Everything Old is New Again

Written by, Samuel K. Burlum, Investigative Reporter, and author of The Green Lane, a syndicated column, Published on 10/2/2018, a SamBurlum.com Exclusive

Tags: Business, Community, Economy, Entrepreneurship, Small Business, Environmental, Energy, Job Creation

Source: Everything has a life cycle: a career, a product, a technology, even a building or sports venue all have their heyday. When most items in our world become old, broken, outdated or past their prime, we are often very quick to dispose of them. Sadly, even individual lives are often devalued and disregarded in our throw-away society. How do we find new purpose and new life after the prime has been reached?

Broken toys, broken cars, broken homes, and unfortunately, broken people are often viewed today as disposable. Sadly enough, our modern day society has its way of treating people in the same way they treat disposable objects. What if that wasn’t the case? What if everything old had a new purpose? What if each person could find a new purpose that gave them a new breathe of fresh air, giving them a sense of value and importance again?

Our modern day world is so quick to condemn the broken, and will vilify a broken person’s faults and capitalize on the fallen. It is printed in news headlines every day; and while the masses can be quick to judge others, their own fears of mistakes or failure are simultaneously being fed. It is not uncommon for major media to splash the front pages with catchy headlines, purposefully created to trigger the emotional reactions of shock and awe so a reader continues to read on, while they inadvertently end up viewing advertisements within the printed or online media.

How many headlines have you seen recently where the news caster shares about the comeback story of the broken or fallen – how they utilized their adverse set of circumstances to turn their lives around, and as a result, helped to improve the lives of others around them? Today’s society often considers the broken unworthy of a new lease on life, and once the label has been placed on them, it can be very difficult to shake, no matter how much good they do or how much they turn their lives around.

There are individuals, groups and communities that believe everything old can be made new again with a little love, time, dedication, and old fashioned elbow grease. There are signs of this everywhere.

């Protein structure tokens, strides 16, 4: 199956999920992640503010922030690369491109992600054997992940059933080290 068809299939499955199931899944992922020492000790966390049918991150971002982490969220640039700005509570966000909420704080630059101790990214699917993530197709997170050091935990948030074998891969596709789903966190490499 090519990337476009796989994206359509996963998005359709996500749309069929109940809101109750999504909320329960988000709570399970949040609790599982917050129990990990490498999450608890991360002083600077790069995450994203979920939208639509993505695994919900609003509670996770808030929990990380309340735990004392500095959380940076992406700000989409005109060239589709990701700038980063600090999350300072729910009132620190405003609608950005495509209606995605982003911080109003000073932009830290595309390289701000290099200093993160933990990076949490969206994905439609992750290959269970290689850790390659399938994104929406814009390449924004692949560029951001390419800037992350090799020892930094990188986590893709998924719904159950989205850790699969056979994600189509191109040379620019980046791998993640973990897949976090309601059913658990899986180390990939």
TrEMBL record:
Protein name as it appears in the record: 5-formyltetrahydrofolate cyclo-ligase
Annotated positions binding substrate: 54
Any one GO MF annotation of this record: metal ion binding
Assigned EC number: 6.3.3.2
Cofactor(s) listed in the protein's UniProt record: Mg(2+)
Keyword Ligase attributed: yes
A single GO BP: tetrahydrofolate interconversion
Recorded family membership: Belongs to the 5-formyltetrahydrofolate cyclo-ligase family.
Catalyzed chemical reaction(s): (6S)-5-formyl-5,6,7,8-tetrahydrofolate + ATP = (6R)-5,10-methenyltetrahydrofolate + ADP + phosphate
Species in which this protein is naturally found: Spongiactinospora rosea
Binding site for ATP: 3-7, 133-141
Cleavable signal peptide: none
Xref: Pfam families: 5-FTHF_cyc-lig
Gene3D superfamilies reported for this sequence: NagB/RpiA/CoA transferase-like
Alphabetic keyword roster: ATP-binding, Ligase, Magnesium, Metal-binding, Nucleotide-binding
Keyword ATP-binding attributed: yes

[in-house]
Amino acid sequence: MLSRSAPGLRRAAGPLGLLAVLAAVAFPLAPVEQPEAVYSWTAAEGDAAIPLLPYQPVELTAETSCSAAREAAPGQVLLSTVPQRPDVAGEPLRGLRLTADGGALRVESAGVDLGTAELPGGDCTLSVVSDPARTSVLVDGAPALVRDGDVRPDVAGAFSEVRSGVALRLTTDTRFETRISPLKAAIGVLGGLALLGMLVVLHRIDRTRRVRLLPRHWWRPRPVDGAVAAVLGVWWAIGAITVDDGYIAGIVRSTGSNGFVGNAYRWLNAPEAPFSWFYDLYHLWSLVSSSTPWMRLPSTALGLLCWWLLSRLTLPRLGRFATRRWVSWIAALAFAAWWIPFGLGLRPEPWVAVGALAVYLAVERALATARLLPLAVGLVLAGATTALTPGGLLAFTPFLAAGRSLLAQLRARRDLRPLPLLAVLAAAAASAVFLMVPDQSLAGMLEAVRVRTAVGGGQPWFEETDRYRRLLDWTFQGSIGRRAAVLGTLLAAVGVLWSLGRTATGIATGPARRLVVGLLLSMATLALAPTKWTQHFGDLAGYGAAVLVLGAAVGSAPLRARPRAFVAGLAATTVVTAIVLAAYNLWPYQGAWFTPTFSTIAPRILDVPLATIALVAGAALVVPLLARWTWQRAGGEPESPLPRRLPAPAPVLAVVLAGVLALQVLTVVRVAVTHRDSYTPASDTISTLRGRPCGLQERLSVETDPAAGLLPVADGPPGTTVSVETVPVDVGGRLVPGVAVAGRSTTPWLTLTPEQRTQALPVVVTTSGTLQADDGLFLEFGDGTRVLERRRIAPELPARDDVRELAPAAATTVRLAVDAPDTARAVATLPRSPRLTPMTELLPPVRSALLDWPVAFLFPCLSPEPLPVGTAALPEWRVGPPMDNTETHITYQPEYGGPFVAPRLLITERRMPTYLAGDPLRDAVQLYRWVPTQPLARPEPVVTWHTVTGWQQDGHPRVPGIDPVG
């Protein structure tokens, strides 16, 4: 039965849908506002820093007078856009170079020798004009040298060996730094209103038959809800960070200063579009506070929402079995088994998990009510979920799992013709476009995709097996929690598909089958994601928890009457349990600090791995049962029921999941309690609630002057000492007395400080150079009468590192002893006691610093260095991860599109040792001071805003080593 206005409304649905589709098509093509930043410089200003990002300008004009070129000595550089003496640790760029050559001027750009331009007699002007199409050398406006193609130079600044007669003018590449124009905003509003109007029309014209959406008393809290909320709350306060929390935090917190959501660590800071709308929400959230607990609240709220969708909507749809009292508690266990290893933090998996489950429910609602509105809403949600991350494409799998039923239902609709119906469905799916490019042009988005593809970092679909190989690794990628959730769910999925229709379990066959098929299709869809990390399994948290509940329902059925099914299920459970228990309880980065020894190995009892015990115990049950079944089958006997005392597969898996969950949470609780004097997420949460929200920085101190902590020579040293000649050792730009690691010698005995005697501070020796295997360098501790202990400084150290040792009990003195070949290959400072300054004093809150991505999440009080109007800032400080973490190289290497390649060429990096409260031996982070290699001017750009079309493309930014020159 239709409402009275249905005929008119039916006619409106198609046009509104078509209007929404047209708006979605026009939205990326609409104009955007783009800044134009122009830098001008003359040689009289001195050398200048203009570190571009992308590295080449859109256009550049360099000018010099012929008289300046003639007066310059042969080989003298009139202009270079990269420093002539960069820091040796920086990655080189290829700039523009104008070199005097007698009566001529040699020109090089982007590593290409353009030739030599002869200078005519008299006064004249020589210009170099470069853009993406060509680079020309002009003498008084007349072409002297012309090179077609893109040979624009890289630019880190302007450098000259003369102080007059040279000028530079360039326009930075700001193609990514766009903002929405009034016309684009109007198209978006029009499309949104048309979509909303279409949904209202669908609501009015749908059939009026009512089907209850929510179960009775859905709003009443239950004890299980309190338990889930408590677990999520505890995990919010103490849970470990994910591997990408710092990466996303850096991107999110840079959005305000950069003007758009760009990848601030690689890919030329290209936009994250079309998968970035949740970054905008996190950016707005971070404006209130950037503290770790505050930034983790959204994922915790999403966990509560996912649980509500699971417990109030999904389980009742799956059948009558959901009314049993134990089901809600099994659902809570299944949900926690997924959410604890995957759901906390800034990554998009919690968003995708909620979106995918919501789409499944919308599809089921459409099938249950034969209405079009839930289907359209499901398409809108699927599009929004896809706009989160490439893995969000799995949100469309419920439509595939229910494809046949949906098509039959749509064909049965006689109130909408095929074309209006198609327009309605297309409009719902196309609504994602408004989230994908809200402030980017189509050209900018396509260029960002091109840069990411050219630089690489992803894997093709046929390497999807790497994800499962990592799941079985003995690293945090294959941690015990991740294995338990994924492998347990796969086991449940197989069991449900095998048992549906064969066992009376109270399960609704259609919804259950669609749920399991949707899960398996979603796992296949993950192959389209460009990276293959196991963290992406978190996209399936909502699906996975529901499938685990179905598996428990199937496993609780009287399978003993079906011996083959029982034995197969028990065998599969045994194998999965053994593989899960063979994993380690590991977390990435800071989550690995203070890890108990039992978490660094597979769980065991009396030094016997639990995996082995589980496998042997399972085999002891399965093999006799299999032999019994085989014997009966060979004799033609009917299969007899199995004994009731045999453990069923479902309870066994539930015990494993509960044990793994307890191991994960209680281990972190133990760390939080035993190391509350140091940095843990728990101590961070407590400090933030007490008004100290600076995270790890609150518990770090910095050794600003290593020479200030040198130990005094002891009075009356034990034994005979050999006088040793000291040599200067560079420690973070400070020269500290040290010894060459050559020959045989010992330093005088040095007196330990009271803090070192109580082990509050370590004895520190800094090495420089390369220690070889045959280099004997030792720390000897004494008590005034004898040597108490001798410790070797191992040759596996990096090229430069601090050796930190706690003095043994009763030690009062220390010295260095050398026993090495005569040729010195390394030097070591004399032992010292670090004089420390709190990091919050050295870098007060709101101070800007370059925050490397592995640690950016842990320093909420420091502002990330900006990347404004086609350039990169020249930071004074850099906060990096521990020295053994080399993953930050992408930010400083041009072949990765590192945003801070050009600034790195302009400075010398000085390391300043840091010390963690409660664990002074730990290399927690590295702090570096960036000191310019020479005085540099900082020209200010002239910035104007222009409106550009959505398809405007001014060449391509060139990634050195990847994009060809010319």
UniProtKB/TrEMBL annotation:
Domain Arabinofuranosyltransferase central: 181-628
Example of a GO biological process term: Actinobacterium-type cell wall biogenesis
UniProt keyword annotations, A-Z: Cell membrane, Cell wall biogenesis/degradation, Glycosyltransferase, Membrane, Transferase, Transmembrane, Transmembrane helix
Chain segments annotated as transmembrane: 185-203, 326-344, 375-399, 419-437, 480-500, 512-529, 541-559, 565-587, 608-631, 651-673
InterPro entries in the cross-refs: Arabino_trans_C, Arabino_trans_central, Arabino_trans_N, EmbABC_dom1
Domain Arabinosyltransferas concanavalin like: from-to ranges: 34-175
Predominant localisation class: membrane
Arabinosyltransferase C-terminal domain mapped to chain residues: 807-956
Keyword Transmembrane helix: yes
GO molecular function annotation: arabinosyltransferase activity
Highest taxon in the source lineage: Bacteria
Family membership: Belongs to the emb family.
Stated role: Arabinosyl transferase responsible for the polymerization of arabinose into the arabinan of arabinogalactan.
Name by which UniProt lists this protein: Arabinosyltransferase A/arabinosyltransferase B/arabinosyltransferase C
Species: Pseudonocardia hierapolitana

For instance, older homes are often purchased, remodeled and upgraded with modern amenities, while having some of the original features incorporated so the owners could hold onto the home’s original charm that they fell in love with when they first purchased it.  Some of the original doors, floor boards, fixtures, woodwork, etc. are often repurposed for other functions within the remodel.

Another example can be found at the famed Orange County Fair Speedway, located in Middletown, New York. The facility itself and venue has served the racing community for over 150 years between its combined history of harness and horse racing and almost a century of automobile racing.  This track recently got a new lease on life. While many speedways of its kind have fallen to modern day suburban sprawl, the OCFS racing community has supported their decaying “House of Power.” As of recent, the speedway has had a makeover. New grandstand seating and bleachers have replaced the rotting wood chairs. Buildings are being remodeled and painted. Even the race surface has seen a transformation.

It’s the love for the racing community and the love of the sport that helped this happen. The premise of value in this track that holds a great legacy (even though it might be past its prime) is a driving force for Chris Larson of Halmar Construction and the rest of the racing community in breathing new life into something that could have easily been bulldozed into another shopping plaza. The transformation has its cost – financial investment, time and vision, but also brings a refreshing buzz of excitement, renewal and enthusiasm.